Since some people need to be told by notes in crayon .......Don't PM me with without prior permission. If you can't discuss the situation in the open forum ----it must not be that important

          My new word for the day is FOCUS, when someone irritates you tell them to FOCUS

          Comment


          • #6
            I drove away from the office and never looked in the rearview mirror. Enjoy

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            • #7
              Originally posted by BNWS View Post
              I drove away from the office and never looked in the rearview mirror. Enjoy
              I now work next door across the street from my old job..............................In 9 yrs I have been back inside the front door 3 times....TWICE I was paid by my current job to go there
              Since some people need to be told by notes in crayon .......Don't PM me with without prior permission. If you can't discuss the situation in the open forum ----it must not be that important

              My new word for the day is FOCUS, when someone irritates you tell them to FOCUS

              Comment


              • #8
                Originally posted by BNWS View Post
                I drove away from the office and never looked in the rearview mirror. Enjoy
                Same here.

                I went home and deleted a bunch of phone numbers out of my phone that I'll never need again.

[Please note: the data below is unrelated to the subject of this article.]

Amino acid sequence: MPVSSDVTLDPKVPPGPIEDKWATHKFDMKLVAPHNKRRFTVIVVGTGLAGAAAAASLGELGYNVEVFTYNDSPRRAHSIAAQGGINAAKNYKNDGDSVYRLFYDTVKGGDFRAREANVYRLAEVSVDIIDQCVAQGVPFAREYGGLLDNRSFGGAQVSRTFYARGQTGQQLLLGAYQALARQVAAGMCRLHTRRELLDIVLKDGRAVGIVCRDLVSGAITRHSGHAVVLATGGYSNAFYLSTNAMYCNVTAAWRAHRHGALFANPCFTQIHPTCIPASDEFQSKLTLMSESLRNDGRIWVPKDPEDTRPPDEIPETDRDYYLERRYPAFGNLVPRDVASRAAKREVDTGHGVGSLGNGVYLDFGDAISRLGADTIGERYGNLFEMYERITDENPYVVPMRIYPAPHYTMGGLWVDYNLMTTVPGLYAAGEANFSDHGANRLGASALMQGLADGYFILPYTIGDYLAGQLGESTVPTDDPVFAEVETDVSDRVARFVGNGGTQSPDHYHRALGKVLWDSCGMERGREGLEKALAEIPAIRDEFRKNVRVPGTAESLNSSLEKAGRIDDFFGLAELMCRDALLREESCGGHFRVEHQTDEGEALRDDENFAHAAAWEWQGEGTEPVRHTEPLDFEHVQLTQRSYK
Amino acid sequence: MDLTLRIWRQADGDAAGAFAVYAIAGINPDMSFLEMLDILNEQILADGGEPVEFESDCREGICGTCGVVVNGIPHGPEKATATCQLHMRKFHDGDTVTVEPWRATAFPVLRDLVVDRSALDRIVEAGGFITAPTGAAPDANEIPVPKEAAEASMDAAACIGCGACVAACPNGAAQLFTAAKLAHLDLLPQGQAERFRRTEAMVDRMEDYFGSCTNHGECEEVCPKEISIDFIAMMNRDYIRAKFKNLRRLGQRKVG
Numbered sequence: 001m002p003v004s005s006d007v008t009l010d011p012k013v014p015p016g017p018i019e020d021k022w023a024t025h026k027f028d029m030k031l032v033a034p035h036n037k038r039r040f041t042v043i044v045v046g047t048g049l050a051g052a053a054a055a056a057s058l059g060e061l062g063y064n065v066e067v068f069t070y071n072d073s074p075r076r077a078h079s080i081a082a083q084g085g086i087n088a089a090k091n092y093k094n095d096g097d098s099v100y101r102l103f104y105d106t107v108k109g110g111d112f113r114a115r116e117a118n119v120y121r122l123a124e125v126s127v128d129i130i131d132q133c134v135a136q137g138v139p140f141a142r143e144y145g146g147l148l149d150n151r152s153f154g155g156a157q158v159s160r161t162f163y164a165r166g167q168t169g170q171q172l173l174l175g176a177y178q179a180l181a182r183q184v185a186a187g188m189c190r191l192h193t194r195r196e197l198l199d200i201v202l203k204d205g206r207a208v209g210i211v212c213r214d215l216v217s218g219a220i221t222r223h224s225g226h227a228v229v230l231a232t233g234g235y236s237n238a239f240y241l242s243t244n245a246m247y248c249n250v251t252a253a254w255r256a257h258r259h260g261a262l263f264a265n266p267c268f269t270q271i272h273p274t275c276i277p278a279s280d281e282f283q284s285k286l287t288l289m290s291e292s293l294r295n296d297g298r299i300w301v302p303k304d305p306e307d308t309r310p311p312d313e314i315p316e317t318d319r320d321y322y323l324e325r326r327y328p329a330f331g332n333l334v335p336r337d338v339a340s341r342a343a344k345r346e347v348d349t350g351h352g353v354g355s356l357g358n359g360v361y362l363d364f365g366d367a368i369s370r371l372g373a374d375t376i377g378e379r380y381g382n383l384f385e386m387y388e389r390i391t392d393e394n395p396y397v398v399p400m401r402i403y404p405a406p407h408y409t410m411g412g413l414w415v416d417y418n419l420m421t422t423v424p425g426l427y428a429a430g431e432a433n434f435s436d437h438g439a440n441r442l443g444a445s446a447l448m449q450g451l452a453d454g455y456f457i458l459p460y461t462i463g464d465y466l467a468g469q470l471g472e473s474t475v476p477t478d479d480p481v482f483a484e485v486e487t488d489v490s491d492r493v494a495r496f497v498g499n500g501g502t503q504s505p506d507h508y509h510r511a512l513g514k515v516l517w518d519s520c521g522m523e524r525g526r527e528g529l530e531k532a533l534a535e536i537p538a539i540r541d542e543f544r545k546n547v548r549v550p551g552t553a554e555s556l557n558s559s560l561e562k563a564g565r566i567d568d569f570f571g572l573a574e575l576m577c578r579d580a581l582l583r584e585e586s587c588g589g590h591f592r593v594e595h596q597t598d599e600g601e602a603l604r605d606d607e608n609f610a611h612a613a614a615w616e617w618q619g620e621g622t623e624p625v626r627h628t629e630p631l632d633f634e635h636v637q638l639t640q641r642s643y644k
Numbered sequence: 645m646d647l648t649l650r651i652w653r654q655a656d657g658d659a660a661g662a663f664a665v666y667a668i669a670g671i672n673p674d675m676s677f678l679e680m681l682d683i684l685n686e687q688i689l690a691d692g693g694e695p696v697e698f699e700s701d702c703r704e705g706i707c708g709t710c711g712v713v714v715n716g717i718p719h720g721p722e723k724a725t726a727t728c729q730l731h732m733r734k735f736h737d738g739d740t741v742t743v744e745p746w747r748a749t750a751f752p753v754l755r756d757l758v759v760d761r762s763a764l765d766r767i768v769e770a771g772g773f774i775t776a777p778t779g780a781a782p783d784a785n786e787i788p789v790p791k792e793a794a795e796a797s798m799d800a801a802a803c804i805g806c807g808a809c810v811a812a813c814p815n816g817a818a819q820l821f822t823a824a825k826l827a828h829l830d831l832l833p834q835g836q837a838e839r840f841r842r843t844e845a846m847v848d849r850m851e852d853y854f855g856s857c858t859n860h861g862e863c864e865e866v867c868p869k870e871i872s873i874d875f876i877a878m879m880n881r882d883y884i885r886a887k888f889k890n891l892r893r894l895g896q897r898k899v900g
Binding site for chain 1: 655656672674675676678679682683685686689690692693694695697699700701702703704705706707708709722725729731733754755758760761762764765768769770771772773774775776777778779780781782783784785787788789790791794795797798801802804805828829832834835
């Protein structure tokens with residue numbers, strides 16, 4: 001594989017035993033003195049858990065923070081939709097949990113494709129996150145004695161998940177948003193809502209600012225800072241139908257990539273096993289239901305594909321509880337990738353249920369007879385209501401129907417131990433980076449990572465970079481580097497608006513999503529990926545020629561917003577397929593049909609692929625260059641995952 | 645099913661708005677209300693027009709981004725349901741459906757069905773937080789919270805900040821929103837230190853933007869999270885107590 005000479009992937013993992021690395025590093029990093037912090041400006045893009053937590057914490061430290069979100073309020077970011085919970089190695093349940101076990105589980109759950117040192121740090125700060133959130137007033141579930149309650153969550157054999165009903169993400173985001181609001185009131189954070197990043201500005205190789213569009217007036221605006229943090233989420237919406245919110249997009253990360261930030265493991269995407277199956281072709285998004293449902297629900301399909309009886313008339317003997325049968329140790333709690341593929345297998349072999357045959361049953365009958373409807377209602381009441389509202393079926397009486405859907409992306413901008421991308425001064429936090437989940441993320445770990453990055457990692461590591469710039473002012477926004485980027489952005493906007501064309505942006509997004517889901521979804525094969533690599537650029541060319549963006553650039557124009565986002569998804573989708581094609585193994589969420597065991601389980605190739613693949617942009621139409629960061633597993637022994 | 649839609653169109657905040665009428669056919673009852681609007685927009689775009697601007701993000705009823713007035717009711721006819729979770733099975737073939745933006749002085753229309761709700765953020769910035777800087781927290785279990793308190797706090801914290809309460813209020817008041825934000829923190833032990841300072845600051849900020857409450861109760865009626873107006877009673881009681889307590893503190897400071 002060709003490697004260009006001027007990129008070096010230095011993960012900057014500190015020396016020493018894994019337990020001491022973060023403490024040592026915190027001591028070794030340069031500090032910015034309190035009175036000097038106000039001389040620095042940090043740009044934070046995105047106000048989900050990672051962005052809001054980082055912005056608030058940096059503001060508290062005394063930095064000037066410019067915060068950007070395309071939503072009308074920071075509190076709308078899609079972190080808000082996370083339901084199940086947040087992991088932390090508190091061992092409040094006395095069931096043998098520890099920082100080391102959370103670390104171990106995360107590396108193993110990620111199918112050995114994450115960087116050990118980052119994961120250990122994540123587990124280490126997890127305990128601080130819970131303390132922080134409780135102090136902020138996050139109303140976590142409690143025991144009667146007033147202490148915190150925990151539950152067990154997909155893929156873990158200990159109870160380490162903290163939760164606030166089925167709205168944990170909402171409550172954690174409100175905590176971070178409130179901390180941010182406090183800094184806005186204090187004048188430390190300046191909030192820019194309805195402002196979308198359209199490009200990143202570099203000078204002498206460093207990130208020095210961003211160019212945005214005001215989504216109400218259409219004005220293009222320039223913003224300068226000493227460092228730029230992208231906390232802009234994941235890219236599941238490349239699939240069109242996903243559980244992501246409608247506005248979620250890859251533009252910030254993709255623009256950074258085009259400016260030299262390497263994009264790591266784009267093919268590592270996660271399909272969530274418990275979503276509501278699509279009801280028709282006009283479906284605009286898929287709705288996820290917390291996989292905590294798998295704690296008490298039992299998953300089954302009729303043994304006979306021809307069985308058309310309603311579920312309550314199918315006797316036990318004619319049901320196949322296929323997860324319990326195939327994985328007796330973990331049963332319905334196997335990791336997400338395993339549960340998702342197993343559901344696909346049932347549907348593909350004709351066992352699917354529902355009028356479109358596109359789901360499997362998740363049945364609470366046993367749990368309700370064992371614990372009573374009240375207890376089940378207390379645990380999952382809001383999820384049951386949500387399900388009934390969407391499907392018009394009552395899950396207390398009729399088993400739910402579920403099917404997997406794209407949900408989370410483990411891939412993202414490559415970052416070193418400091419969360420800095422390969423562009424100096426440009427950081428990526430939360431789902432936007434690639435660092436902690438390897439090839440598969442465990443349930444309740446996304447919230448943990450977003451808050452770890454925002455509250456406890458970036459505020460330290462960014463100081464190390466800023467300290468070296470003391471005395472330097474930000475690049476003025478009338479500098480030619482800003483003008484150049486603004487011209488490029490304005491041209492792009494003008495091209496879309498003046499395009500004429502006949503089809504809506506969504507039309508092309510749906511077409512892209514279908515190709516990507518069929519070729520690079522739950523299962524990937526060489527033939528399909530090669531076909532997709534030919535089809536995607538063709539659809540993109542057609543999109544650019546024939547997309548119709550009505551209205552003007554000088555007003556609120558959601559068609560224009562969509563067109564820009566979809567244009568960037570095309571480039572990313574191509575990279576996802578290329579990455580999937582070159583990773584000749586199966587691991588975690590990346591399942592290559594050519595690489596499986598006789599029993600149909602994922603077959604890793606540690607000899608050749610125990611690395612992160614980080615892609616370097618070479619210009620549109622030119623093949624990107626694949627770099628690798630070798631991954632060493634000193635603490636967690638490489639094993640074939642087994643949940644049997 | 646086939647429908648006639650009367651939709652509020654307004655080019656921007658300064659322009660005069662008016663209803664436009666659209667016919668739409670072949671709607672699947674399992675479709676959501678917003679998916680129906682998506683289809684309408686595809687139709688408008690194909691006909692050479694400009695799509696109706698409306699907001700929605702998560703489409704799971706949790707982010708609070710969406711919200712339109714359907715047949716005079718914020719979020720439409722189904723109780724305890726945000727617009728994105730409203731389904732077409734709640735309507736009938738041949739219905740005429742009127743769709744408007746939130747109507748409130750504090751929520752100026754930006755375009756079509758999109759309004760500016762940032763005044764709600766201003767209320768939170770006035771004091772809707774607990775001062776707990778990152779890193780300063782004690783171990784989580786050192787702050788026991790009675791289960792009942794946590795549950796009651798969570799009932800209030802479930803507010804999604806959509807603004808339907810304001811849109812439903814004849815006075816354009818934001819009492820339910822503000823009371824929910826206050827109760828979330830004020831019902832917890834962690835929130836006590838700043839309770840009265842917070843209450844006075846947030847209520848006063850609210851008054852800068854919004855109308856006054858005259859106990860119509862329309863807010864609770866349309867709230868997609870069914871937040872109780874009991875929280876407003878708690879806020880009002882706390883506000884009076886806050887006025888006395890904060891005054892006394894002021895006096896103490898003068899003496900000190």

Comment


                • #9
                  So in the end, no exit interview, and no retirement party, and I'm glad.

                  An academy classmate of mine did take me out to a really nice Mexican restaurant for dinner and numerous margaritas last night, and that was pretty special.

                  Comment


                  • #10
                    Originally posted by Aidokea View Post
                    So in the end, no exit interview, and no retirement party, and I'm glad.

                    An academy classmate of mine did take me out to a really nice Mexican restaurant for dinner and numerous margaritas last night, and that was pretty special.
                    Perfect.

                    My retirement party consisted of a dozen work friends at local bar on my last day. They wanted a speech. I said, "Be smart, be safe, and be lucky." Then I told them no one appreciates what they do everyday, except for each other.

                    A couple of us ended the night at a strip club and made it rain dollar bills for an hour. I hadn't been to a strip club in at least ten years. I forgot how much fun it was.

                    Something I haven't missed at all: the constant complaining. Every day there was some degree of collective bitching going on. Everything from the sandpaper in the john to whatever new brilliant idea management was rolling out. Misery loves company, and complaining was one of the few areas of common ground, but it was a downer. The only thing I have to complain about now is how good life is....
                    It is not the well-fed long-haired men that I fear, but the pale and hungry-looking.

                    -Julius Ceasar

                    Comment


                    • #11
                      Congrats. As I understand us newbies are entering the career field that is much different than when you started your career decades ago.
                      in the words of the great Dave Chapelle...Hs3xTbM.png

                      Comment


                      • #12
                        From your posts I assume you were a manager.